Boris Johnson making a big noise about supporting Ukraine, in its struggle against the Russian imperial invasion, provides a useful cover for the Tories’ and City of London’s continued links with corrupt Russian oligarchs, with strong links to the Putin regime. Indeed not a few on the Hard and Far Right admire Putin’s regime. The following article, written by Martin Williams, was first posted by openDemocracy.


Alisher Usmanov was placed under sanctions by the UK in March

Shares controlled by Alisher Usmanov in a London property firm were transferred to the Russian business empire he founded

  • The government has promised Vladimir Putin’s cronies total privacy if they launch a legal bid to be removed from the UK’s sanctions list.
  • The Foreign Office said it would be a “breach of confidence” to name the Russians trying to have their sanctions overturned or the law firms representing them.
  • But openDemocracy can reveal that one such individual is Alisher Usmanov, the billionaire former Everton Football Club investor, who was sanctioned last year when the British government accused him of having “close links to the Kremlin”.
  • A spokesperson for Usmanov, who made his fortune through a Russian mining company, has confirmed he has deployed legal teams to try to reverse the move.
  • “Mr Usmanov and his relatives have already started to challenge the sanctions imposed on them, which they justifiably consider unfair and unsubstantiated,” the spokesman said. “All legal means are currently being implemented to achieve this.”
  • Dozens of others accused of having links to Putin may also be fighting to remove sanctions but the government has pledged to protect their privacy, saying it is “personal information”.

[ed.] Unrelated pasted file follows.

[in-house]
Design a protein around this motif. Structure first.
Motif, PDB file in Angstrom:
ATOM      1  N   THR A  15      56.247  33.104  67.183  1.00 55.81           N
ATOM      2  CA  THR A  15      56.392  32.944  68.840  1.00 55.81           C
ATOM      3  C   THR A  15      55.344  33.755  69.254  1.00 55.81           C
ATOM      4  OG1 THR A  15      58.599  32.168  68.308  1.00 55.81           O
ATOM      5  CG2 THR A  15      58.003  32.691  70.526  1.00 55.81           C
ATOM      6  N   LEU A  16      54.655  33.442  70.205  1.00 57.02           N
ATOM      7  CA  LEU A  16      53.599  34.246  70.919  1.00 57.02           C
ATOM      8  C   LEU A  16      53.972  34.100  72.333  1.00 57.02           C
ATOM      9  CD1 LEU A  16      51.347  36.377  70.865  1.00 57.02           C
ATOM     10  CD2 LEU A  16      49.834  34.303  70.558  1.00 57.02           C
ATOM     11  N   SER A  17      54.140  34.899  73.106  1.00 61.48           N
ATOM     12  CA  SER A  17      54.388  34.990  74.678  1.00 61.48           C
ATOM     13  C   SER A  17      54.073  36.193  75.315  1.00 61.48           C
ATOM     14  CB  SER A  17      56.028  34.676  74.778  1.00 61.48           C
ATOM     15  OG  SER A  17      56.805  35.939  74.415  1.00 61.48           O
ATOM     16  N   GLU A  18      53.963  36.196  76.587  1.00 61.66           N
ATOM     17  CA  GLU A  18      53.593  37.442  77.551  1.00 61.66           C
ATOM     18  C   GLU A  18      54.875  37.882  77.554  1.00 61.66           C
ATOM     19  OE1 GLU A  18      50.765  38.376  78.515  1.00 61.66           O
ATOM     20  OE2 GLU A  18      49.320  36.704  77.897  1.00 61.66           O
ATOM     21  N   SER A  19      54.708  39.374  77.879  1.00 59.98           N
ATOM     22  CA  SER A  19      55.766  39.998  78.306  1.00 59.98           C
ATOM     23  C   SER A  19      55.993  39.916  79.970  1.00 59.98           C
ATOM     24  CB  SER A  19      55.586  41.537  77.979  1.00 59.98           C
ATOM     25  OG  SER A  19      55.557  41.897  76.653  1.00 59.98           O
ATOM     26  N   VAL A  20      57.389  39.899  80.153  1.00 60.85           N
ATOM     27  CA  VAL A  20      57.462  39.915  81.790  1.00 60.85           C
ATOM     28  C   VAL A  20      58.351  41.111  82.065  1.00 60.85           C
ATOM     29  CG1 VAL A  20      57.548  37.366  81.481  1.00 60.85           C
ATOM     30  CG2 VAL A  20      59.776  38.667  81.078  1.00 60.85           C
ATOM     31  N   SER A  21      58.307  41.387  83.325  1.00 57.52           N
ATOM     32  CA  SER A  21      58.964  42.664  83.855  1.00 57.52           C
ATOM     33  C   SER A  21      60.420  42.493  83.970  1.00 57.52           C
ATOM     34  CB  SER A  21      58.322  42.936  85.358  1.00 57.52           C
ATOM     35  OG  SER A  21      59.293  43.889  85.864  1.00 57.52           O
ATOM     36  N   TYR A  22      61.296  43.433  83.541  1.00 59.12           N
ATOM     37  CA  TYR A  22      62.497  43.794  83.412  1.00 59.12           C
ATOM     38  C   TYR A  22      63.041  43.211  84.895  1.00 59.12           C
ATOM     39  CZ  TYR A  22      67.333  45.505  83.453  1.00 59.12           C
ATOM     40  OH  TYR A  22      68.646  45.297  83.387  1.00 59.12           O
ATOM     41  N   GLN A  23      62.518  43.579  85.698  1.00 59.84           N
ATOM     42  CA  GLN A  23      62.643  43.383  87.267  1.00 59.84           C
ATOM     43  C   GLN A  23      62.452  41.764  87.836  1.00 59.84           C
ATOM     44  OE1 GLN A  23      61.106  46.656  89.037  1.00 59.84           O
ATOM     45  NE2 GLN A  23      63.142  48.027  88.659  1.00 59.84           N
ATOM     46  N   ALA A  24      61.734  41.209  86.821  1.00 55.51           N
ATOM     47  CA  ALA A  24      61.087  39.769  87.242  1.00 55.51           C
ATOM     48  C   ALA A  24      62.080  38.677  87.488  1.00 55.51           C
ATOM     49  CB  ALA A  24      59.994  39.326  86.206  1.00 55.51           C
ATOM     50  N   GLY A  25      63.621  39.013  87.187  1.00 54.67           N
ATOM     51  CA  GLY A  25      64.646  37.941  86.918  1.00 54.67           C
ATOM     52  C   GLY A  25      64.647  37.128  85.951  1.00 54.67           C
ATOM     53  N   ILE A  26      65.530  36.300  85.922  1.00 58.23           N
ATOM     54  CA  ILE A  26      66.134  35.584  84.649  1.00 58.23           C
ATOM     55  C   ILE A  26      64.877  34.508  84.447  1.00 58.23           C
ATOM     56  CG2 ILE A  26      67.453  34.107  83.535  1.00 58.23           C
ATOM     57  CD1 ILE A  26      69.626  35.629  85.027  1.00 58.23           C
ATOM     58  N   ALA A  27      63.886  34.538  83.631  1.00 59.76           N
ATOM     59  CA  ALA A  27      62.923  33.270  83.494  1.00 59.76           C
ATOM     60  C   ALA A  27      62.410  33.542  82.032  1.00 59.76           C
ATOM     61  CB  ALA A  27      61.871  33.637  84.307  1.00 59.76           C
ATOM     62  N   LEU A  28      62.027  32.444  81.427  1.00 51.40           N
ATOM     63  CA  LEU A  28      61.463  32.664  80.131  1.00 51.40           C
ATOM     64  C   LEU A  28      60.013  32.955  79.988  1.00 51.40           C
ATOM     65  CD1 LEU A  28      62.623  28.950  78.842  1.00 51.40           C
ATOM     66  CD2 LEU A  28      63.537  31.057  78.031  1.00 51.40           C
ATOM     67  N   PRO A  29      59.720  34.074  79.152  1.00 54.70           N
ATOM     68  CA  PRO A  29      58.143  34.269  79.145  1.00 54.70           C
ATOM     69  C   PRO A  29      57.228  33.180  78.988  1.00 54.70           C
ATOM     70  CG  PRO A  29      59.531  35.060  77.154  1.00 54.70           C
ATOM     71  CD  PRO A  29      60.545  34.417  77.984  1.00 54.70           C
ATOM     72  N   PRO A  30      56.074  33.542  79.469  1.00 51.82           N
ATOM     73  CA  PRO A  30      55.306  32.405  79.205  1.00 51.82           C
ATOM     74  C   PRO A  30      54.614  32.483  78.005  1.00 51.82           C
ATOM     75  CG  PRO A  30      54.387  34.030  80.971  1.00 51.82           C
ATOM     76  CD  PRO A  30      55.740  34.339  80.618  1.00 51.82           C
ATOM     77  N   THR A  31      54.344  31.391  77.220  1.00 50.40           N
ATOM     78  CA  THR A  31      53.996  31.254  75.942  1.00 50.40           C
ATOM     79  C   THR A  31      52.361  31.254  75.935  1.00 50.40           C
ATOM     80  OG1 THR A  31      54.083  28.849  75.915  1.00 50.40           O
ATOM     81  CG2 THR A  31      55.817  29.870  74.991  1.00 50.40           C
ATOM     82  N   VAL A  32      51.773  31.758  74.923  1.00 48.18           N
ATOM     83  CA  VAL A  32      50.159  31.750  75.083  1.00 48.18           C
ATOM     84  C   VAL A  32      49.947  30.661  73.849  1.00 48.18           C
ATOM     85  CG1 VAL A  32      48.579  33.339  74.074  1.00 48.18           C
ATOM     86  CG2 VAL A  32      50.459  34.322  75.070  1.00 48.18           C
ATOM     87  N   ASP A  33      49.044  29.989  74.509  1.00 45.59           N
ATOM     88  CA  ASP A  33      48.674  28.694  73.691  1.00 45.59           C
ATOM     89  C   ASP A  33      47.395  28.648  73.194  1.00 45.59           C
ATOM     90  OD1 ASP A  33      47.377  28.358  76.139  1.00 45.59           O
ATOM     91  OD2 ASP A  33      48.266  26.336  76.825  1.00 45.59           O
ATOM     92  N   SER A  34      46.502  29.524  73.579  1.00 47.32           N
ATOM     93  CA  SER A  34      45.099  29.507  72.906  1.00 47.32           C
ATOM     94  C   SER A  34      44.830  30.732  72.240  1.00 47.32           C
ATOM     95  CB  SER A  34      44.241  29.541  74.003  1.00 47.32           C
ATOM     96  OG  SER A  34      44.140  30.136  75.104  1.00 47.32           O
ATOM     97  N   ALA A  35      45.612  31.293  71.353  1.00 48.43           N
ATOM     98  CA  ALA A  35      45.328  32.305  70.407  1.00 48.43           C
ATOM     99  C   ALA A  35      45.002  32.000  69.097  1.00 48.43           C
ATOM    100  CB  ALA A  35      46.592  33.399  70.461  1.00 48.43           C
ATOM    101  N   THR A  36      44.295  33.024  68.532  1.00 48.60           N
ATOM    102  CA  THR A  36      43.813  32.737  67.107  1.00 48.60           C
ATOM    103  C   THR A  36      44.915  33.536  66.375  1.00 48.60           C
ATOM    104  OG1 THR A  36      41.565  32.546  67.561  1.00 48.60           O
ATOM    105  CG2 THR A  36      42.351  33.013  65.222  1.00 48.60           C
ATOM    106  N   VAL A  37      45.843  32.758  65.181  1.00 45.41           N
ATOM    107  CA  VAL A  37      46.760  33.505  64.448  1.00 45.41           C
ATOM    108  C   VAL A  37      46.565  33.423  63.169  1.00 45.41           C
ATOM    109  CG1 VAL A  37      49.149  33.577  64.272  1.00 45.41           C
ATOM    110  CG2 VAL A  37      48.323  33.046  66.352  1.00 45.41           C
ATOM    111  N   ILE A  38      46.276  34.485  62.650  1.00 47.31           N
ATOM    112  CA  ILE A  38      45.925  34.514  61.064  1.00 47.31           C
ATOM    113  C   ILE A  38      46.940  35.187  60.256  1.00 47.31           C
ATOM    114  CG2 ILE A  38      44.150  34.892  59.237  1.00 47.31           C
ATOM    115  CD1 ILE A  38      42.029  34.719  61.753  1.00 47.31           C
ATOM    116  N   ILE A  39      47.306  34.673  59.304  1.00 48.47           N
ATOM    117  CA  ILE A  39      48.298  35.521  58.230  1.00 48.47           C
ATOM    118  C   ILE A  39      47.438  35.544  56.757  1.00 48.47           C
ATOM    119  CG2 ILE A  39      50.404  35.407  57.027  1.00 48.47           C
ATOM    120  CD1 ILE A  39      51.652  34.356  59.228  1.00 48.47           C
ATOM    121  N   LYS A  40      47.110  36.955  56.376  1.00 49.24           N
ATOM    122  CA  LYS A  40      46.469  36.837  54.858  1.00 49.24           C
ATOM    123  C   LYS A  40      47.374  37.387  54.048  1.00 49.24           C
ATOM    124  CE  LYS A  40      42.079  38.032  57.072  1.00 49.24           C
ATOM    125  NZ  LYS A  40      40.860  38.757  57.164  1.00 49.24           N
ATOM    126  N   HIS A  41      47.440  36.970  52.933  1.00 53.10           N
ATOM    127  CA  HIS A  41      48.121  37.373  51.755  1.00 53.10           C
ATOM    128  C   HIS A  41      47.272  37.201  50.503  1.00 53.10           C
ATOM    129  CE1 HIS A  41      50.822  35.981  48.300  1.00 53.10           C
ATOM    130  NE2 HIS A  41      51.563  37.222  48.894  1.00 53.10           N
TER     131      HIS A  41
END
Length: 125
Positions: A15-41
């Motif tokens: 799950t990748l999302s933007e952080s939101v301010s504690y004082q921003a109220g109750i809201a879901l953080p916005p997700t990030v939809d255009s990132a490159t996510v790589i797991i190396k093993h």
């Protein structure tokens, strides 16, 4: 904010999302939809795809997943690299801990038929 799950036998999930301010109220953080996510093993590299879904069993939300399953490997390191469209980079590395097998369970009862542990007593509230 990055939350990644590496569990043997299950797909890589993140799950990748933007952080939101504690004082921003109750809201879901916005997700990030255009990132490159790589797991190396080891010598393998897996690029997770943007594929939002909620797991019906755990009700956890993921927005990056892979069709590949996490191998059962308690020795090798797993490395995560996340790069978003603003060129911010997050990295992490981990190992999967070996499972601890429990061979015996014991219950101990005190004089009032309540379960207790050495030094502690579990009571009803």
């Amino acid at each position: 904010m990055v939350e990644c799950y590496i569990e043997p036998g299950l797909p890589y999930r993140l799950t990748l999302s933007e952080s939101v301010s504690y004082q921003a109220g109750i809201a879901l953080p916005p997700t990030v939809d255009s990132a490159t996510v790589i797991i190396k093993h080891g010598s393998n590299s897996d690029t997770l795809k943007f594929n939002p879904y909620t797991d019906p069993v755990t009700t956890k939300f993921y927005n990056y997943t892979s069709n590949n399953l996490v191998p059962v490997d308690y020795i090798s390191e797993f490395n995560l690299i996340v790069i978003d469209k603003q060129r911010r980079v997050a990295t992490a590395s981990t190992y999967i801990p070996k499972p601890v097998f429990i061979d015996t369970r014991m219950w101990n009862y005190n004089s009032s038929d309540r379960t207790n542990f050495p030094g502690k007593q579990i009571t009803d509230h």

• Responding to a Freedom of Information request from openDemocracy, the Foreign Office refused to say which Russian individuals had submitted legal applications to be removed from the sanctions list, which was expanded in the wake of Putin’s invasion of Ukraine.
  • Officials also refused to reveal whether any of those fighting sanctions are being assisted in their legal battles by law firms based in the UK.
  • In contrast, appeals against EU sanctions are recorded publicly. Reports say that multiple sanctioned Russians have employed legal teams to fight against the imposition of international sanctions.
  • They include Usmanov, whofiled an appeal last year to remove EU sanctions, which prevent him from accessing assets in member states or travelling across the continent. His bid has so far not been successful.
  • But his sister, Saodat Narzieva,managed to get her EU sanctions overturned in September. At the time, a spokesperson said they “expect that the information we provided will be taken into account by the UK regulatory authorities in the decision to lift UK sanctions against Ms Narzieva.” Saodat remains sanctioned in the UK.
  • In June, openDemocracy alsouncovered how Usmanov managed to sell his stake in a London mansion less than a fortnight before he was added to the UK sanctions list. Usmanov’s stake was transferred legally to his Russian business empire, meaning he could potentially still profit from his British interests.
  • Last week, we also revealed that the UK government allowed another Putin ally, Yevgeny Prigozhin, to override sanctions against him in order to launch a legal attack on a British journalist.
  • A British legal firm called Discreet Law obtained special licences from a department within the Treasury, allowing it to receive payments from Prigozhin. This meant he could sue Eliot Higgins, the founder of investigative journalism website Bellingcat, which had published stories about Prigozhin.
  • Emails seen by openDemocracy show that Prigozhin believed a legal victory against Higgins would discredit the allegations made against him, strengthening his bid to remove his sanctions.
  • Treasury officials signed off on a series of costs from Discreet Law relating to the case, including business class flights for Prigozhin’s lawyers to St Petersburg, so they could meet face-to-face and finalise their legal attack on Higgins.
  • The Labour Party described the move as “completely unacceptable” and called for the chancellor, Jeremy Hunt, to investigate following openDemocracy’s revelations.



also see:

Why has Putin invaded Ukraine, Part Onef) Putin’s little helpers 1 – Boris Johnson and the City of London’s ‘Oligarchs United’ – Allan Armstrong, pp. 26-30